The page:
Page 3 of 3
Does the act of putting on masks and costumes in some of your performances have a certain liberating effect? Does putting on your costume take on a kind of ritualistic significance when you're preparing for a performance?
Absolutely. You mentioned the clown aspect, and that's something I'm still writing and developing. I see the clown gesture as maybe the most influential character for me. The costume is related to that: it's a way of freeing myself, and it's freeing the imagination of the viewer. I allow myself to be free. There is definitely a ritual related to it, like the ritual of dressing up.
How do you create your installations? Are they assembled for the first time on-site, or do you make them in your studio and then bring them here?
I'm always planning ahead since I usually know where the installation is going to go. I think that creating the sets and the studio practice is more essential, so I'm building the site within my studio and shooting, playing experimenting there. So that when it goes to the exhibition space it's easier to keep the studio feeling.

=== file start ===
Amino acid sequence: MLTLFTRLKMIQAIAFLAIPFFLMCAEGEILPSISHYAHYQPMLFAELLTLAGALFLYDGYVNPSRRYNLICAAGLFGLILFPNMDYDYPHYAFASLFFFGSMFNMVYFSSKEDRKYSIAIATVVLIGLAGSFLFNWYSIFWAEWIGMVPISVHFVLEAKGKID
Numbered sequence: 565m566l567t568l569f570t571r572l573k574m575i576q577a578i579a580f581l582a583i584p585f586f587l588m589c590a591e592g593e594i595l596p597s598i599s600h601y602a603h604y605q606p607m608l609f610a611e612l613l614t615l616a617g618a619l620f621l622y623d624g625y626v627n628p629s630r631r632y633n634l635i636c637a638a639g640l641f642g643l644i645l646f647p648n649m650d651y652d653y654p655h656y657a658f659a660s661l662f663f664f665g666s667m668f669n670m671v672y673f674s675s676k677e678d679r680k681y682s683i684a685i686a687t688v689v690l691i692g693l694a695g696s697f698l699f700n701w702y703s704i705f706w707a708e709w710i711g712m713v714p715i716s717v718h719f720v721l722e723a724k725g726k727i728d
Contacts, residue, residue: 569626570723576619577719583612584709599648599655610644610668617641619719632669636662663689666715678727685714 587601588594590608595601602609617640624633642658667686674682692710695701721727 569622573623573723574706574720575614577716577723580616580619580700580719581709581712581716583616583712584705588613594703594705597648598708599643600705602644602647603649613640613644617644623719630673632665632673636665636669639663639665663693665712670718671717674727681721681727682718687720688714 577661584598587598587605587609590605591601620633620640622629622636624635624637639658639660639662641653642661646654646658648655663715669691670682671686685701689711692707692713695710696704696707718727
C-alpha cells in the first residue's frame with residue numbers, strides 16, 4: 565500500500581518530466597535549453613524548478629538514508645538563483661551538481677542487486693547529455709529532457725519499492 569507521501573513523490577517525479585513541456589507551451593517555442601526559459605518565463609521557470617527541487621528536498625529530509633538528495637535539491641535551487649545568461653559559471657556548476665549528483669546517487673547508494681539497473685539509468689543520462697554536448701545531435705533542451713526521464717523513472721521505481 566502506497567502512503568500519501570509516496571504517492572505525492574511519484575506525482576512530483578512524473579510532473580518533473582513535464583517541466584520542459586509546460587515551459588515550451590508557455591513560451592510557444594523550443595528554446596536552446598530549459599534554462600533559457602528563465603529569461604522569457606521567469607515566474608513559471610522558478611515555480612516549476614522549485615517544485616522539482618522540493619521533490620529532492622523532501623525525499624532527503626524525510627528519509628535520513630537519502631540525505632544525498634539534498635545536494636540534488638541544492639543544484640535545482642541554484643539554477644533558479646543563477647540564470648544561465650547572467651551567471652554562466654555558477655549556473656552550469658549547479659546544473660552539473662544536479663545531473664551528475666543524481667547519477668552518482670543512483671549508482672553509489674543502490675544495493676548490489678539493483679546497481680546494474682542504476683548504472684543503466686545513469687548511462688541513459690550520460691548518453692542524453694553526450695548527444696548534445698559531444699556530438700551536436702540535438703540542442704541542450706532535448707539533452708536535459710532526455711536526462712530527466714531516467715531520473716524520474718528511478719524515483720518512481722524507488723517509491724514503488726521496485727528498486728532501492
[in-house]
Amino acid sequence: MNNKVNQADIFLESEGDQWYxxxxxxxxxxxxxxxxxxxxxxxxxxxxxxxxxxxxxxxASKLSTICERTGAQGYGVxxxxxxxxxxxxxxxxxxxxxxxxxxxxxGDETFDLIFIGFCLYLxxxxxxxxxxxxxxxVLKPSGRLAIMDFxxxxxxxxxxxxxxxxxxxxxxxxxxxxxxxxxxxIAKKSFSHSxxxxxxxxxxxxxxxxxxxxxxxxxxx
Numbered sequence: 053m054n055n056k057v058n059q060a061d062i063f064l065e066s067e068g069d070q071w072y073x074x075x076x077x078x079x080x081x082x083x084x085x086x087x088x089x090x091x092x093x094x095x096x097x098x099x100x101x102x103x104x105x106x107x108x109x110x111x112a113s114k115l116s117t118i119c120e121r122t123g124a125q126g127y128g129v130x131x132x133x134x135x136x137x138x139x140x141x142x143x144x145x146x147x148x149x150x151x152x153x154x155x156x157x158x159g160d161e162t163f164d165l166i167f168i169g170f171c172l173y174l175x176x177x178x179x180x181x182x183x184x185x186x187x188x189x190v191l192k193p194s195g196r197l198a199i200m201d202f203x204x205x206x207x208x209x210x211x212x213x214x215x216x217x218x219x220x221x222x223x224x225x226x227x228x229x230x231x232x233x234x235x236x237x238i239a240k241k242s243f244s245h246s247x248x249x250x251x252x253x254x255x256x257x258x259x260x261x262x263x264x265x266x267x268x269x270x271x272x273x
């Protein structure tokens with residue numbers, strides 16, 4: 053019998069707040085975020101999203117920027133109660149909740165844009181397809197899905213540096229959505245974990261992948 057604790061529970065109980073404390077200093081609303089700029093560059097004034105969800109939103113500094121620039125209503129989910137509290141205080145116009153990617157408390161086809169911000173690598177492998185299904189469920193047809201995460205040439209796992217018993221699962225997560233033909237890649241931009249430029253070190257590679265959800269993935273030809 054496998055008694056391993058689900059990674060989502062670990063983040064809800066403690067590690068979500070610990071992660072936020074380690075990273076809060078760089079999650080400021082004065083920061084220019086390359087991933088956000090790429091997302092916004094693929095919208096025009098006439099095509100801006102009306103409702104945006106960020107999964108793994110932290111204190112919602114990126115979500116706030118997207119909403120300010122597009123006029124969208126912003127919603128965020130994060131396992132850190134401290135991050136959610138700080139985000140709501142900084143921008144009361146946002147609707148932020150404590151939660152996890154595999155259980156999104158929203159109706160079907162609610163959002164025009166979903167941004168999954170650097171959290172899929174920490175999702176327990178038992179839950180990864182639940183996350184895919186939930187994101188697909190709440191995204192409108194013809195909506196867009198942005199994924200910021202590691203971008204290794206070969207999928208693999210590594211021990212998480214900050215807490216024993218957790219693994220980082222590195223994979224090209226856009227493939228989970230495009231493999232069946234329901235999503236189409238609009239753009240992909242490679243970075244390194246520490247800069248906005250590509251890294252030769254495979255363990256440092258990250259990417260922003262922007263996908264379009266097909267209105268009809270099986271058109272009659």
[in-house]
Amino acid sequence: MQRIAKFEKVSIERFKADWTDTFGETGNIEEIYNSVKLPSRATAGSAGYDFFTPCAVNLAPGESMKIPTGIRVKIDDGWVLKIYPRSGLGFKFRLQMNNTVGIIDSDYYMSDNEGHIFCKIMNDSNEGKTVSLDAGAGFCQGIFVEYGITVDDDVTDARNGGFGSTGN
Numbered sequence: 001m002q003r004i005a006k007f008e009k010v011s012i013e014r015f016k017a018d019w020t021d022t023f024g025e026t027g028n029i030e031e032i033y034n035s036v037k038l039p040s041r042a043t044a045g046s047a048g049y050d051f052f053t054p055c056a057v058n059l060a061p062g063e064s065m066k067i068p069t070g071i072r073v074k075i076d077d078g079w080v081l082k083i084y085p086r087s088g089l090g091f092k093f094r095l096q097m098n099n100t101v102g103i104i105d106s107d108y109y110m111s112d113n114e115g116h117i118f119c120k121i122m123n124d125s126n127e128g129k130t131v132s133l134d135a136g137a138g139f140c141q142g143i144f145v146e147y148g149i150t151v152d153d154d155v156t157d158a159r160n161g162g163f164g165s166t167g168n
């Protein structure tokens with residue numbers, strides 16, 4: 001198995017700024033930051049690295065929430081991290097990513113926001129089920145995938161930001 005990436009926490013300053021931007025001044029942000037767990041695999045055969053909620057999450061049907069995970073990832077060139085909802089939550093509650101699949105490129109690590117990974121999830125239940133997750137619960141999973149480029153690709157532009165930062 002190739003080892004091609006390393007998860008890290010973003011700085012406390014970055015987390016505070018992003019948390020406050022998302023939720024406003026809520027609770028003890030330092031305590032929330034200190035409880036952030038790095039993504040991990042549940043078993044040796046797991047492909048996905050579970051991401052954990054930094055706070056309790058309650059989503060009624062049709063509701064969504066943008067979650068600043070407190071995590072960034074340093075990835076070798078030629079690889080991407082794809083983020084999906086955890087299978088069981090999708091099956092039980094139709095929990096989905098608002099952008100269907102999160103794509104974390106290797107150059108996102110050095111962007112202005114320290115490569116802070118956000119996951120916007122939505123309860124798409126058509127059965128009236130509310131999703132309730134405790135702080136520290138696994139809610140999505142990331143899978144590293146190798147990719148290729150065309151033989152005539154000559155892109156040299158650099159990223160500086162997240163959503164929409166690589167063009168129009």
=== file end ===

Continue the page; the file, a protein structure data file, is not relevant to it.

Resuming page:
Is it hard for you to create that same studio atmosphere in a gallery or museum?
My previous performance
was in Miami in a show curated by Rirkrit Tiravanija, and in that piece I played a very exposed, very poetic character. And it wasn't just my body being exposed, but also my mental condition. Here I'm much more trained and covered, so it's easier for me to execute what I kind of instinctively know. But that piece in Miami was very difficult; it took me like two hours to be alone and get myself into character. But that was the only way to capture the fragility of the character. It was very musical.
But that becomes another challenge: how to re-enact the studio performance in the gallery. In this piece it's much easier, but in the character I performed in Miami, jaK'oV, it was very site-specific. The space was very different from my studio, it was a storefront, so I had to engage with all kinds of different dimensions. I felt much freer in a way that I think is better than here.
How have your spectators or your collaborators responded to the mix of humor and violence, confrontational and presentational modes of address in your work?
It's very diverse. Through the violence I'm trying to share something very physical, and I think the part of power that deals with violence is very attractive and sexual. Within this structure there is a bigger concept, and the humor has the same importance as the violence. The humor is coming from a long tradition of theater that's inspired by vaudeville, Yiddish theater. "The Kosher Butcher" was inspired by early TV commercials. The balance between humor and violence is also related to breathing; there's something very relaxing about it, but also something very stressful.
(Photo by the author)